I- line 1 → 2: The isothermal compression from volume V 1 to V 2 takes place at a constant temperature T K , the heat Q 12 being given off and the work W 12 being supplied. The gas volume becomes smaller, the pressure p rises, but the temperature is kept constant by cooling with the cold reservoir. Moving the piston takes work.
Since the change in internal energy d U = 0 applies to an ideal gas at constant temperature , it follows from the first law of thermodynamics that the entire compression work is dissipated as heat. In the diagrams, the integral for the amount of heat Q 12 is shown as the area under the line 1 → 2 in the TS diagram and the work W 12 as the area under the line 1 → 2 in the pV diagram.
II- line 2 → 3: The isentropic compression (also adiabatic reversible compression called) of V 2 to V 3 is carried out without heat exchange with the environment, whereby the temperature of the working medium from T K to T H changes. The gas volume becomes smaller, while pressure and temperature rise. Moving the piston requires work W 23 and is stored in the working gas as internal energy Δ U 23 .
Since there is no heat exchange with the environment (d Q 23 = 0), it follows from the first law of thermodynamics that the entire work of compression is converted into internal energy.
III- line 3 → 4: The isothermal expansion from volume V 3 to V 4 takes place at a constant temperature T H , the heat Q 34 being absorbed and the work W 34 being removed. The gas volume increases, the pressure decreases, but the temperature is kept constant by heating with the warm reservoir.
IV- line 4 → 1: The isentropic expansion of V 4 to V 1 takes place without any heat exchange with the environment, whereby the temperature of the working medium from T H to T K changes. The gas volume increases, pressure and temperature drop. The piston is displaced while releasing the work W 41, for which the internal energy Δ U 41 (= Δ U 23 ) is withdrawn from the working gas .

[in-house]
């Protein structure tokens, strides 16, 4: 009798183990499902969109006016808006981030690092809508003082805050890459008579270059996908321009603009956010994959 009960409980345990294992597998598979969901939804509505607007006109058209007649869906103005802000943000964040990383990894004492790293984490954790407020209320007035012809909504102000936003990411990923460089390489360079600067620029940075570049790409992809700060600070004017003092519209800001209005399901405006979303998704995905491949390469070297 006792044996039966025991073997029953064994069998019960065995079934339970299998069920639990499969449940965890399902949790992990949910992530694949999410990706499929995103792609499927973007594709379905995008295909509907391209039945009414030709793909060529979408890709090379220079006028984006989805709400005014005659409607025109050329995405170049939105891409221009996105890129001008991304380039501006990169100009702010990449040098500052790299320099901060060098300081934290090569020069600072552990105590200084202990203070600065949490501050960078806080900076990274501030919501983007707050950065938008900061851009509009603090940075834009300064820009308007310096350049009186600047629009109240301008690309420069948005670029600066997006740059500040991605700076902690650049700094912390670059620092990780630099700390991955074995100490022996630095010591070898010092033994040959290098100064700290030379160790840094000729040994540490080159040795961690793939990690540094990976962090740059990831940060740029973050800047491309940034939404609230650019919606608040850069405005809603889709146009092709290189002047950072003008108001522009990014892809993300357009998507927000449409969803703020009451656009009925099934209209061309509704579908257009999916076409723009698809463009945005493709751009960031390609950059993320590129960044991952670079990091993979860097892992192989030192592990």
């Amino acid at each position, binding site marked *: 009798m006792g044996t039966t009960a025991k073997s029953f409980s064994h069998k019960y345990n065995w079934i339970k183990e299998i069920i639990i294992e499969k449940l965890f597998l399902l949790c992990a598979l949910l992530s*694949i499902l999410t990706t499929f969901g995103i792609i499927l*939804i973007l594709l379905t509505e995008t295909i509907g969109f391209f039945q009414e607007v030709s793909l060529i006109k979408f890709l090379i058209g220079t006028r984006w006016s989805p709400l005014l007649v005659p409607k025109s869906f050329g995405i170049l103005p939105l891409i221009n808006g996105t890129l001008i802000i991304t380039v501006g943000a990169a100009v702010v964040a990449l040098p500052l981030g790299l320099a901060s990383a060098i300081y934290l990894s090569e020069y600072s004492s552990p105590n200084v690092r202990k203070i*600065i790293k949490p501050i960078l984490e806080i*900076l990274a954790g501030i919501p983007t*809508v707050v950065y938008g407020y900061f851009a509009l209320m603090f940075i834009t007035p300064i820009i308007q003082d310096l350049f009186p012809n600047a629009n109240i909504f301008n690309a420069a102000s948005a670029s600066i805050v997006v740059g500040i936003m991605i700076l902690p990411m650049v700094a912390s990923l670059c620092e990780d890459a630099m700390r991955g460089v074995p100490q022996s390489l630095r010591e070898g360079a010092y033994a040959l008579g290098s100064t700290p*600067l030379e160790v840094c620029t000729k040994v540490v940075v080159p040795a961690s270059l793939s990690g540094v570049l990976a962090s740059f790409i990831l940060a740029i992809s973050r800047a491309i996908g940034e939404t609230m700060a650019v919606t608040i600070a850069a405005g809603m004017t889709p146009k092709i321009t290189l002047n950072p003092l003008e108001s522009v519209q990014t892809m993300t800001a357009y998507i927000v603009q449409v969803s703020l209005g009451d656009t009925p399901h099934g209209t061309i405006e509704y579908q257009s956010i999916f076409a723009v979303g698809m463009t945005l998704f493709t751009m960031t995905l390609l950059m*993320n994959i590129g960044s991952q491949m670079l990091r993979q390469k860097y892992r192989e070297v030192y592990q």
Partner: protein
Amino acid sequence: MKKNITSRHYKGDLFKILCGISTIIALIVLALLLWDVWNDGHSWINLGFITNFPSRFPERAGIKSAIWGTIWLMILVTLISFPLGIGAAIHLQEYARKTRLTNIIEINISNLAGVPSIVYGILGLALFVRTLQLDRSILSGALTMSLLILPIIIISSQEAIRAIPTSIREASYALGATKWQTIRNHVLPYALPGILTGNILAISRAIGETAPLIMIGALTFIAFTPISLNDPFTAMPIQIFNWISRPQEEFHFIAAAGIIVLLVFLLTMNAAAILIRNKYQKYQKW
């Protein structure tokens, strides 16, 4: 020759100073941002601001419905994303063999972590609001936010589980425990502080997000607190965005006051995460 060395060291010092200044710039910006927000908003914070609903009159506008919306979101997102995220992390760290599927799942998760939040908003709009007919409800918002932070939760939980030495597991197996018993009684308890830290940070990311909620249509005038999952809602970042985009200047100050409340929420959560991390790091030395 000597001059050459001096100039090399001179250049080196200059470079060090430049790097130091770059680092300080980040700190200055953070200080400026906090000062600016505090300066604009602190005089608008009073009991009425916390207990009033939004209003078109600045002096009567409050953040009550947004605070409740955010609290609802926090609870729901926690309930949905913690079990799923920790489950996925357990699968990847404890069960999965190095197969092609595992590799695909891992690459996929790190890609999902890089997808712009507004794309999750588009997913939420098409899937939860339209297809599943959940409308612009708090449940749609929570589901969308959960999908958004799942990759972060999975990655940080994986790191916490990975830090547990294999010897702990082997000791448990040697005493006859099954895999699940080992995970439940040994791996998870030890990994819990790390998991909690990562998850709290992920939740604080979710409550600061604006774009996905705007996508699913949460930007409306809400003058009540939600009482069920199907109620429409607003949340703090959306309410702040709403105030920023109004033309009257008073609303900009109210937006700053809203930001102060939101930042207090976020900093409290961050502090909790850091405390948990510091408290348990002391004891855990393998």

Since there is no heat exchange with the environment d Q 41 = 0, it follows from the first law of thermodynamics that the entire work of expansion results from the loss of internal energy.
The first law of thermodynamics is
After running through the cycle, all state variables in the system, including the internal energy, reach their initial value ( ). The usable work is calculated from the integral along the path of the cycle:
For the Carnot process we get for all :
The Carnot efficiency indicates the ratio of work done to heat input. In order not to have a negative efficiency, the work done by the system must flow into the equation as an amount (da and ):
Perpetual motion of the second kind
In all four phases of the process, heat and mechanical energy are converted into one another. The total mechanical energy gained after running through the cycle depends only on the amount of heat supplied and removed. The mechanical work gained corresponds to the area highlighted in red in the TS diagram.
Since the lower temperature is always limited downwards and the upper temperature upwards, the Carnot efficiency is always below 1. Since, according to the third law of thermodynamics, it is not possible to reach the absolute zero point of the temperature, there is no real (cyclic working) machine that only extracts heat from a reservoir and converts it completely into work. A machine that is an efficiency would have greater than the Carnot efficiency at predetermined temperatures of the heat reservoir, called a perpetual motion machine of the second type. Finally, could be the reverse process can be run as a refrigerator at the obtained work again, and it could then a larger amount of heat are generated as that used in the heat engine process (comparison picture above ).
The part of the thermal energy that cannot be converted into work is called anergy .
- Absolute temperature
- Clausius-Rankine cycle
- Carnot method
- Change of state
- Stirling engine
- Heat pump